Songs about a person who is the same sex as the singer

I’m looking for songs where the singers are singing about someone who is the same sex as themselves but

  1. Not a romantic rival (so not Jolene)
  2. Not a same sex love interest (so not whoever Melissa Ethridge wanted to come to her window)
  3. While the person doesn’t need to be a real person or even specifically named, it should be a person, not many

You can consider 1&2 to be a bechdel test of sorts for songs

The songs can be by a solo artist or a band

Examples that immediately comes to mind is Bad, Bad Leroy Brown by Jim Croce, Daniel by Elton John, Angie Baby by Helen Reddy, and My Sister by The Juliana Hatfield Three.

What have you got?

Big Bad John (1961) by Jimmy Dean.

Every mornin’ at the mine you could see him arrive
He stood six-foot-six and weighed two-forty-five
Kinda broad at the shoulder and narrow at the hip
And everybody knew ya didn’t give no lip to big John.

Despite this undisguised admiration for the subject, I don’t think the song concerns itself with a same-sex crush.

Delta Dawn sung by Tanya Tucker

She’s 41 and her daddy still calls her, ‘baby’
All the folks around Brownsville say she’s crazy
'Cause she walks down town with a suitcase in her hand
Looking for a mysterious dark-haired man

Also, You Don’t Mess Around With Jim.
Rapid Roy
Speedball Tucker

“Tweeter and The Monkey Man” by The Traveling Wilburys

“Johnny B Goode”

Spike by Tom Petty

Rhiannon by Stevie Nicks

Bitch Better Have My Money by Rihanna

Weird Al
The Saga Begins

Some more edge case types for consideration among these.

White town - Your Woman
Cake - Frank Sinatra
David Seville - Witch Doctor
Johnny Cash - A Boy Named Sue
Wally Winger - Adam West
ELO - Mr. Blue Sky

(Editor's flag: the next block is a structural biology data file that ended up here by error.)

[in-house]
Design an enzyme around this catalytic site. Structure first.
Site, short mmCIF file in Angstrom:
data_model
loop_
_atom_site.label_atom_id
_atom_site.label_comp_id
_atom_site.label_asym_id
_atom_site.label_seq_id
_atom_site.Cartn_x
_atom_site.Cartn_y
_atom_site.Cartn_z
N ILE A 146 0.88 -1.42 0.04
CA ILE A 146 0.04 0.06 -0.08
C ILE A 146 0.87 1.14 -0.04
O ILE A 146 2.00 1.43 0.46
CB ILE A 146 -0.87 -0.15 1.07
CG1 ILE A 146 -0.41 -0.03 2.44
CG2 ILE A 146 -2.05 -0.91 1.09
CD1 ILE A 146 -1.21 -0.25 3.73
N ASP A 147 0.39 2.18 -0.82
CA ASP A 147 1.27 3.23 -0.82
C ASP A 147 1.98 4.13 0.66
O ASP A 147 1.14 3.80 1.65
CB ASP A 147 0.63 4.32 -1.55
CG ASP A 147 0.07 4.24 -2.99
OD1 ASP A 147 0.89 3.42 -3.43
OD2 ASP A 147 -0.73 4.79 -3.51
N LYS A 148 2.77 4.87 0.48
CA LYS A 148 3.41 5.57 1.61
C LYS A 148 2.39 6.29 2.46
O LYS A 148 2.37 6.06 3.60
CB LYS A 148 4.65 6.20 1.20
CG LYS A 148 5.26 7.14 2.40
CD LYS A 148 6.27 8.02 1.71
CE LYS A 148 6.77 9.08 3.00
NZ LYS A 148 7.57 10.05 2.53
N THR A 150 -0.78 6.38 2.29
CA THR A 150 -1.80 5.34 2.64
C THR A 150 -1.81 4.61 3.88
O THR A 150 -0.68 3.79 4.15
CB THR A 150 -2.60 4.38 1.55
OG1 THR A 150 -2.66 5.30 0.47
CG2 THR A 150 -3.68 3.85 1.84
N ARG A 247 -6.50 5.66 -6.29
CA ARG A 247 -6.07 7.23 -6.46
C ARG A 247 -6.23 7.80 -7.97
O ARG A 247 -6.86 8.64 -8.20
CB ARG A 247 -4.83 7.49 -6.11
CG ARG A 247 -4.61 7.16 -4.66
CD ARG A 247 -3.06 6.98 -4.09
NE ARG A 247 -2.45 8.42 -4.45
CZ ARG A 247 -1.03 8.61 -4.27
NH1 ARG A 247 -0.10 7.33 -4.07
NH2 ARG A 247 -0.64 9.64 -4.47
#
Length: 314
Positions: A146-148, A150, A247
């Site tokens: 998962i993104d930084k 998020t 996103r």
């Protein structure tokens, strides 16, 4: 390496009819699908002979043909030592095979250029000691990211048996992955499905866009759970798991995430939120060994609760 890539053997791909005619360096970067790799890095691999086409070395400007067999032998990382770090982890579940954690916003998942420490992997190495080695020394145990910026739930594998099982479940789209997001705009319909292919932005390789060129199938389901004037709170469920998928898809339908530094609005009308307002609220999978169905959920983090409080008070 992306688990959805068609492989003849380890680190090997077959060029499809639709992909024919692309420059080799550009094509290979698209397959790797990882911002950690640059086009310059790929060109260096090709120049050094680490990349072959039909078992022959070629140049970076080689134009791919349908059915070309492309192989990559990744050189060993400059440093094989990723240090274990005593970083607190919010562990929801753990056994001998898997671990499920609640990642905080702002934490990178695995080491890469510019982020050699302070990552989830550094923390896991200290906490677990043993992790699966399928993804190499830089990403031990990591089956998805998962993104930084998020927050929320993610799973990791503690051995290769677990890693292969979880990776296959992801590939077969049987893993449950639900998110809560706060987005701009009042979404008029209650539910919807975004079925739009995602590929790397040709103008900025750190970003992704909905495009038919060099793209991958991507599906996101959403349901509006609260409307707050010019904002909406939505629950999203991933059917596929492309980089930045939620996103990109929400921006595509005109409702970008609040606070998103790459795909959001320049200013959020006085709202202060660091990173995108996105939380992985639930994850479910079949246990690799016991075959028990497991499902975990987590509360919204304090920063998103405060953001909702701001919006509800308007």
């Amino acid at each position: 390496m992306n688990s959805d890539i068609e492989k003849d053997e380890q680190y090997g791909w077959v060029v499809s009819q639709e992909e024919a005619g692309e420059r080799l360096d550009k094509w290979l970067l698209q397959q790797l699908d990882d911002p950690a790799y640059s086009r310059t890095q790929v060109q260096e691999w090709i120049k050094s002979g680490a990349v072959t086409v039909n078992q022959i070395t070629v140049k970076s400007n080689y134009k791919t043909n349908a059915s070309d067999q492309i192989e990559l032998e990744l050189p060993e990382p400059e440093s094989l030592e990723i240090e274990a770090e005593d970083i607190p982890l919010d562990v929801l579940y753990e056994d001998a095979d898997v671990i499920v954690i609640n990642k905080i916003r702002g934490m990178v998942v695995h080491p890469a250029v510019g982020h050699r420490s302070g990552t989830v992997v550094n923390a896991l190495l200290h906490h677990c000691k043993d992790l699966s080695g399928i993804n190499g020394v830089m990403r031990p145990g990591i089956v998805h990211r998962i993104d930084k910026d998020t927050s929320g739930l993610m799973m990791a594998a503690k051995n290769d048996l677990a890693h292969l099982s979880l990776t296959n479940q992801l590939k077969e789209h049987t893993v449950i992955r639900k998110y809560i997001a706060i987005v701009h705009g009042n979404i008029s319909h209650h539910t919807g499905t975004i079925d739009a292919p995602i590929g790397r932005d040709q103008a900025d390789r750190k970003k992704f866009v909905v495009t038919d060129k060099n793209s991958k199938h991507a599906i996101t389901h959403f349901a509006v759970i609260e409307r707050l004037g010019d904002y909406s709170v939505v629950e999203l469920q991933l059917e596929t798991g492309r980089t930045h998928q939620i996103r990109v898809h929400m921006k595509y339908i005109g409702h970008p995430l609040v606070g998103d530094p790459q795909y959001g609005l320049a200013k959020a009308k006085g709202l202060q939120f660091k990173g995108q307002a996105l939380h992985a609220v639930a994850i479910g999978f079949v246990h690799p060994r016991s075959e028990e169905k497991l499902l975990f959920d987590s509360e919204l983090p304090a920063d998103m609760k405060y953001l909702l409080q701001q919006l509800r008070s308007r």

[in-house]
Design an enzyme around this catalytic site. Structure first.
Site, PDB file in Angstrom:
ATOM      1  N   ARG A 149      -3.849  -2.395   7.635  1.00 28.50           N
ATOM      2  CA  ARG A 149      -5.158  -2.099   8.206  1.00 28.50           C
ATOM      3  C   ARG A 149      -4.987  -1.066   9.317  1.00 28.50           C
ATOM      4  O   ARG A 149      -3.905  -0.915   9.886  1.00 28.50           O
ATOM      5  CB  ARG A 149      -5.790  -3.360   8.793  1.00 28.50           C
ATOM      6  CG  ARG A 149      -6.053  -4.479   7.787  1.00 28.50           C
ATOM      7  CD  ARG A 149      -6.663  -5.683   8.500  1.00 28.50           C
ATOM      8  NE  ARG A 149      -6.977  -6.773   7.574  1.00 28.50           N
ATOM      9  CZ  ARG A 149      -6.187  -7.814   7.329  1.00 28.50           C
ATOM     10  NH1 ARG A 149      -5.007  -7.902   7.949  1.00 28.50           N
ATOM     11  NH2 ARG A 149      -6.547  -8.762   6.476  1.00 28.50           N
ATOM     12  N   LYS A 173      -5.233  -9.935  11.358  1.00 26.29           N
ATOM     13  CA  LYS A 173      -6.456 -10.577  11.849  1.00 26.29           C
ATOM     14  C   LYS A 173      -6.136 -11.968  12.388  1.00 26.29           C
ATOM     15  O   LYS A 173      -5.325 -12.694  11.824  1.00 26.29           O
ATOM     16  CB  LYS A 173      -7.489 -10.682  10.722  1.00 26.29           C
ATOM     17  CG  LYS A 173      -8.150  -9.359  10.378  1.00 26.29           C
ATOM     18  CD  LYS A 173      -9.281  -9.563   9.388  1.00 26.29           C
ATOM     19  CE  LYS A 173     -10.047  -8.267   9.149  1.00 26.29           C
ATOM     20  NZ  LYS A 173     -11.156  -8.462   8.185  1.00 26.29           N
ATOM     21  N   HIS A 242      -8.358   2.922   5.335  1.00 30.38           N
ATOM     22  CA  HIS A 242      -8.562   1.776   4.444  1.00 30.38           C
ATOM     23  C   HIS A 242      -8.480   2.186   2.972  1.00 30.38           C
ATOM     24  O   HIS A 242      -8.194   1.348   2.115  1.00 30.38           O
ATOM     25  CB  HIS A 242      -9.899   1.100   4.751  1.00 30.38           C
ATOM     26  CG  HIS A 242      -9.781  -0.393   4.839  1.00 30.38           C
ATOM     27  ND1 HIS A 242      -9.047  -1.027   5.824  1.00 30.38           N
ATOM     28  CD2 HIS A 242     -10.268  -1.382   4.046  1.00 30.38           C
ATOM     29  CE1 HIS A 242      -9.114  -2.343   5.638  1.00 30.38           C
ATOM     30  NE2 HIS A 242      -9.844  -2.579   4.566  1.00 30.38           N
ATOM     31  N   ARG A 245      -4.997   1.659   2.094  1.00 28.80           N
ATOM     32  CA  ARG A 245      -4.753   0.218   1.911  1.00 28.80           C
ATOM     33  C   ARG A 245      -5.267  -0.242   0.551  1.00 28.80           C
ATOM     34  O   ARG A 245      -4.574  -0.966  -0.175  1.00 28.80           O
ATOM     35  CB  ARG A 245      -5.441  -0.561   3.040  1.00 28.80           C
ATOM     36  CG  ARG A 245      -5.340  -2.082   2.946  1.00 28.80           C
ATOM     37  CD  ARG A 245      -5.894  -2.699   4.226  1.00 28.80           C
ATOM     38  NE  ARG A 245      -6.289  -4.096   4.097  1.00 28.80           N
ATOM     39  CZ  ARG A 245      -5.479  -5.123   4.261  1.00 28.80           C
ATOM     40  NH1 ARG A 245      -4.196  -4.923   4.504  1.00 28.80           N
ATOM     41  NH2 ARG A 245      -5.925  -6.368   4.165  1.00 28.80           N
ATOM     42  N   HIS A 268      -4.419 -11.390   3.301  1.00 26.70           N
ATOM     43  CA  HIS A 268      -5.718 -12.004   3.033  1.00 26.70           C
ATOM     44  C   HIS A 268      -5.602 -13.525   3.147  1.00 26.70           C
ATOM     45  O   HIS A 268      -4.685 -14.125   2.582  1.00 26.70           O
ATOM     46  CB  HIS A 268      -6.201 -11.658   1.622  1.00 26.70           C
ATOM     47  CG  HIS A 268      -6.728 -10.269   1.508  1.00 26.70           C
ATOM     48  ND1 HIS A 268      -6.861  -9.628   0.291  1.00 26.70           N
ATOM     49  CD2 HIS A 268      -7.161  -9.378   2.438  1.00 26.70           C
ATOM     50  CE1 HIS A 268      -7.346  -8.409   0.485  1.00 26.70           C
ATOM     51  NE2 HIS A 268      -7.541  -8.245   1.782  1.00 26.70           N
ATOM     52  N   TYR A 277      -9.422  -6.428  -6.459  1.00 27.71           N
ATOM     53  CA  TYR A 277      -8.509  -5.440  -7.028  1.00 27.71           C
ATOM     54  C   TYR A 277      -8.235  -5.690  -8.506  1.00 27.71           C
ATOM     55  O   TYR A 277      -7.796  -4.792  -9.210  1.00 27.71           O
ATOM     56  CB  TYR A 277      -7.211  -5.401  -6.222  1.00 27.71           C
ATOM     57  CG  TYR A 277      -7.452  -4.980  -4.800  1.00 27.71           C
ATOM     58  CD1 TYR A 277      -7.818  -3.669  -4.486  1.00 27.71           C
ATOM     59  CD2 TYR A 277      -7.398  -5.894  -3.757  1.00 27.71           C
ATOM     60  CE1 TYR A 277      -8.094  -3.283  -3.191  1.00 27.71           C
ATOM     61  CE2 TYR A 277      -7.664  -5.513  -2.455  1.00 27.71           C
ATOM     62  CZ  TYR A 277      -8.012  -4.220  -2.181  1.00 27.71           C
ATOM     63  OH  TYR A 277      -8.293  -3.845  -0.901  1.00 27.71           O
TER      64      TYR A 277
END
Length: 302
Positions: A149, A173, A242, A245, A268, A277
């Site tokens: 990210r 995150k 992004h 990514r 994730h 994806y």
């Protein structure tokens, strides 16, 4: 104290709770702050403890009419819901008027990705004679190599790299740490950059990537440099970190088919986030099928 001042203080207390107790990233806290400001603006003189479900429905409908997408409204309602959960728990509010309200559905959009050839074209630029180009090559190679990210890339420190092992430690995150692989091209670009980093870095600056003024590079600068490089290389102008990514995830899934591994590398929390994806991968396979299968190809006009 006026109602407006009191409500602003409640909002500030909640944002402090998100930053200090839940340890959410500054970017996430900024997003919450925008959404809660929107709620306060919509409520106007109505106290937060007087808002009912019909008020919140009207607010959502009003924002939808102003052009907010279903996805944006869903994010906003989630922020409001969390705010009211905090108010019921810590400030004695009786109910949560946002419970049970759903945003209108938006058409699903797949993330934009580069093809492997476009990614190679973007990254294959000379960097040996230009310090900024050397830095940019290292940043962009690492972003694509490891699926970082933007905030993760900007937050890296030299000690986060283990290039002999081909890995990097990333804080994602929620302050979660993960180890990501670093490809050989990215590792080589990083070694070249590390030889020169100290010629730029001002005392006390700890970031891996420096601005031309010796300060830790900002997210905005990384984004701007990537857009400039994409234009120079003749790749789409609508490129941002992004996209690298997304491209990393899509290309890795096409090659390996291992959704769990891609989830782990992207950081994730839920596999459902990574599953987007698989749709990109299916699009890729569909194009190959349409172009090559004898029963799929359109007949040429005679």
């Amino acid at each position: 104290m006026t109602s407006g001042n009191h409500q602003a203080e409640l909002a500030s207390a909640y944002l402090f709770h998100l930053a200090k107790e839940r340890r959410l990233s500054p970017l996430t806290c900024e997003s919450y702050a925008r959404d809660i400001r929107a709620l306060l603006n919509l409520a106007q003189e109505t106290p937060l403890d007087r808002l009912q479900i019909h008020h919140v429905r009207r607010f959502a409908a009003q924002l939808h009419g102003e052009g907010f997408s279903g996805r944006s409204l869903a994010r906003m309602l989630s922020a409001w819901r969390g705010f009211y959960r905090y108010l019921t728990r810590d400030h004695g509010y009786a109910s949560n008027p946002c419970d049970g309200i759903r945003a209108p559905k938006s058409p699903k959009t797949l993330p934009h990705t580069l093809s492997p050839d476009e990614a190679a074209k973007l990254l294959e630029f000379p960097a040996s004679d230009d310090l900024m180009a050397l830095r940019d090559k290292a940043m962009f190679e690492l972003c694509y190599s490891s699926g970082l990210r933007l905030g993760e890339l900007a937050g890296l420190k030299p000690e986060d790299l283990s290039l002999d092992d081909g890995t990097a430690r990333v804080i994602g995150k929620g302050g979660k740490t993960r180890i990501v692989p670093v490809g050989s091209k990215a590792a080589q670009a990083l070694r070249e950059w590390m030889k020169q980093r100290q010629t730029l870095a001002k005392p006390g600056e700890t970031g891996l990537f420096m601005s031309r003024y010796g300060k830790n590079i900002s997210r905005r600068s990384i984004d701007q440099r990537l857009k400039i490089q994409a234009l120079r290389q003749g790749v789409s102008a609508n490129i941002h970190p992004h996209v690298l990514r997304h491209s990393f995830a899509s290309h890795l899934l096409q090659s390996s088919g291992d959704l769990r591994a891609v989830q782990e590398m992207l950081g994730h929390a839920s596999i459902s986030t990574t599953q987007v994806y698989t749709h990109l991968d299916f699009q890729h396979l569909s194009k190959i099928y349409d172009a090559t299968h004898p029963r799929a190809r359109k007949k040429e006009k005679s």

Sparks - This Town Ain’t Big Enough For The Both of Us
They Might Be Giants - Particle Man

“Bette Davis Eyes”, Jackie DeShannon/Kim Carnes
“Gloria”, Laura Branigan
“She Works Hard for the Money”, Donna Summer
“Private Dancer”, Tina Turner (if being sung in first person is OK)
“Dreamboat Annie”, Heart

“Dr. Feelgood”, Motley Crue
“18 and Life”, Skid Row
“Cat’s in the Cradle”, Harry Chapin
“Leader of the Band”, Dan Fogelberg
“When Smokey Sings”, ABC

“Coward of the County” and “The Gambler” both by Kenny Rogers.

Railroad Bill

Postcards From Hell - The Wood Brothers

Al Stewart: Lord Grenville, Running Man

Australian Crawl: Errol

David Bowie: The Man Who Sold the World, Andy Warhol and Song for Bob Dylan

REM: Lighnin’ Hopkins, Wendell Gee, Man on the Moon, Monty Got a Raw Deal, Mr Richards

The Beatles: Nowhere Man, Maxwell’s Silver Hammer, Taxman, The Fool on the Hill, Hey Jude, A Day in the Life, Sgt Pepper’s Lonely Hearts Club Band

Black Sabbath: The Wizard

Cat Stevens: Father and Son, Tea for the Tillerman

The Clash: Rudie Can’t Fail

Don McLean: Vincent

Elvis Costello: Poor Fractured Atlas, Oliver’s Army

Eric Clapton: Willie and the Hand Jive, I Shot the Sheriff

Free: Mr Big

Hawkwind: Lost Johnny

INXS: Johnson’s Aeroplane

Jethro Tull: Aqualung, When Jesus Came to Play

John Lennon: How Do You Sleep?

The Kinks: Apeman, Dedicated Follower of Fashion, Well Respected Man

Marianne Faithfull: The Ballad of Lucy Jordan

Neil Young: Cortez the Killer, Powderfinger

Paul Kelly: Sweet Guy

Wings: My Heart is Like a Wheel, Picasso’s Last Words

Radio Birdman: Man With Golden Helmet

Steely Dan: Kid Charlemagne

Supertramp: Rudy

Television: Little Johnny Jewel, Call Mr Lee

You Am I: Wally Raffles, Mr Milk, Ken

Rush: “Tom Sawyer”

Washington by Brad Neely - Not a love song. Despite mention of how its subject’s testicles are divine.

Hey Joe

Possibly, Me and Bobby McGee, but I haven’t confirmed it yet. According to one lyrics site, Kris Kristofferson’s version referred to Bobby as “she”, and Janis Joplin’s as “he”. That song has been recorded by a few other singers, and I don’t know if any of them used the same gender as the singer. I’m also not sure if there’s a definitive answer as to whether it’s about a love interest or just a very close friendship.

Jackson Browne - Daddy’s Tune

The requirements set out by the OP catch two categories of song which are IMHO completely different.

  • Someone singing about someone of the same sex who they know (lots of parent/child, and sibling songs)

  • someone who is simply singing a “story song” about a real or imagined character who happens to be of the same sex as the singer.

I wonder if the OP really meant to catch the latter? For example, you could say that any song about a folk hero both fits and doesn’t fit the OP depending on who sings it - “The Ballad of John Henry” has been sung by any number of men, but also Gillian Welch and Emily Saliers.

Arnold Layne, Pink Floyd. Careful With That Axe Eugene, also Pink Floyd.